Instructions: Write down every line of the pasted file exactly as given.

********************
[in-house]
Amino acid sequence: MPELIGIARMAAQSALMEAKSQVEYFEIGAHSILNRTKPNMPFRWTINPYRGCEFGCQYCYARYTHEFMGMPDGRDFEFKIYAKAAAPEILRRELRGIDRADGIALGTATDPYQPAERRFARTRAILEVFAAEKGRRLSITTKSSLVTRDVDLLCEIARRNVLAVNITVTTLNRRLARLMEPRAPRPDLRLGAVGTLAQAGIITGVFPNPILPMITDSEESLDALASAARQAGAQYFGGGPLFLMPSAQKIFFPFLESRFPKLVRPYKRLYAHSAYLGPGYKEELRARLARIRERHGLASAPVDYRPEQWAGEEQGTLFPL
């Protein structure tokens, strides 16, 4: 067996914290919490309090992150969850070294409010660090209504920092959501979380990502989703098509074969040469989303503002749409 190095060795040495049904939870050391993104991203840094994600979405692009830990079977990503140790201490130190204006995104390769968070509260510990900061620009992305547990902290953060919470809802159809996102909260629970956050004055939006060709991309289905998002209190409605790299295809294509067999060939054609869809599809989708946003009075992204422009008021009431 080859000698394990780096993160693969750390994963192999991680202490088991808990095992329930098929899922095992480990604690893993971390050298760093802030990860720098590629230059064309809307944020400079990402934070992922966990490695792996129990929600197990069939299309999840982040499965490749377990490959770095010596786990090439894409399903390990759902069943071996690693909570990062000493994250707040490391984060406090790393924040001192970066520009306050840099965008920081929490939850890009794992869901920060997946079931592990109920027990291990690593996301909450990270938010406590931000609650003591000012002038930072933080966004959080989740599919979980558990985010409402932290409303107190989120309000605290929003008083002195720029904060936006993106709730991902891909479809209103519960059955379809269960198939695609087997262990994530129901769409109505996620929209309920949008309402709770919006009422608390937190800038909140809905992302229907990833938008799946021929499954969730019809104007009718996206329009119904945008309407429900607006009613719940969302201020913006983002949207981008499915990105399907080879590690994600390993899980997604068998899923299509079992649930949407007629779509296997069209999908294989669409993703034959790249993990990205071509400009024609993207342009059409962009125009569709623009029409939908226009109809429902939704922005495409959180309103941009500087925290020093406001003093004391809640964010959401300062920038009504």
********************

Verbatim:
[in-house]
Amino acid sequence: MPELIGIARMAAQSALMEAKSQVEYFEIGAHSILNRTKPNMPFRWTINPYRGCEFGCQYCYARYTHEFMGMPDGRDFEFKIYAKAAAPEILRRELRGIDRADGIALGTATDPYQPAERRFARTRAILEVFAAEKGRRLSITTKSSLVTRDVDLLCEIARRNVLAVNITVTTLNRRLARLMEPRAPRPDLRLGAVGTLAQAGIITGVFPNPILPMITDSEESLDALASAARQAGAQYFGGGPLFLMPSAQKIFFPFLESRFPKLVRPYKRLYAHSAYLGPGYKEELRARLARIRERHGLASAPVDYRPEQWAGEEQGTLFPL
């Protein structure tokens, strides 16, 4: 067996914290919490309090992150969850070294409010660090209504920092959501979380990502989703098509074969040469989303503002749409 190095060795040495049904939870050391993104991203840094994600979405692009830990079977990503140790201490130190204006995104390769968070509260510990900061620009992305547990902290953060919470809802159809996102909260629970956050004055939006060709991309289905998002209190409605790299295809294509067999060939054609869809599809989708946003009075992204422009008021009431 080859000698394990780096993160693969750390994963192999991680202490088991808990095992329930098929899922095992480990604690893993971390050298760093802030990860720098590629230059064309809307944020400079990402934070992922966990490695792996129990929600197990069939299309999840982040499965490749377990490959770095010596786990090439894409399903390990759902069943071996690693909570990062000493994250707040490391984060406090790393924040001192970066520009306050840099965008920081929490939850890009794992869901920060997946079931592990109920027990291990690593996301909450990270938010406590931000609650003591000012002038930072933080966004959080989740599919979980558990985010409402932290409303107190989120309000605290929003008083002195720029904060936006993106709730991902891909479809209103519960059955379809269960198939695609087997262990994530129901769409109505996620929209309920949008309402709770919006009422608390937190800038909140809905992302229907990833938008799946021929499954969730019809104007009718996206329009119904945008309407429900607006009613719940969302201020913006983002949207981008499915990105399907080879590690994600390993899980997604068998899923299509079992649930949407007629779509296997069209999908294989669409993703034959790249993990990205071509400009024609993207342009059409962009125009569709623009029409939908226009109809429902939704922005495409959180309103941009500087925290020093406001003093004391809640964010959401300062920038009504």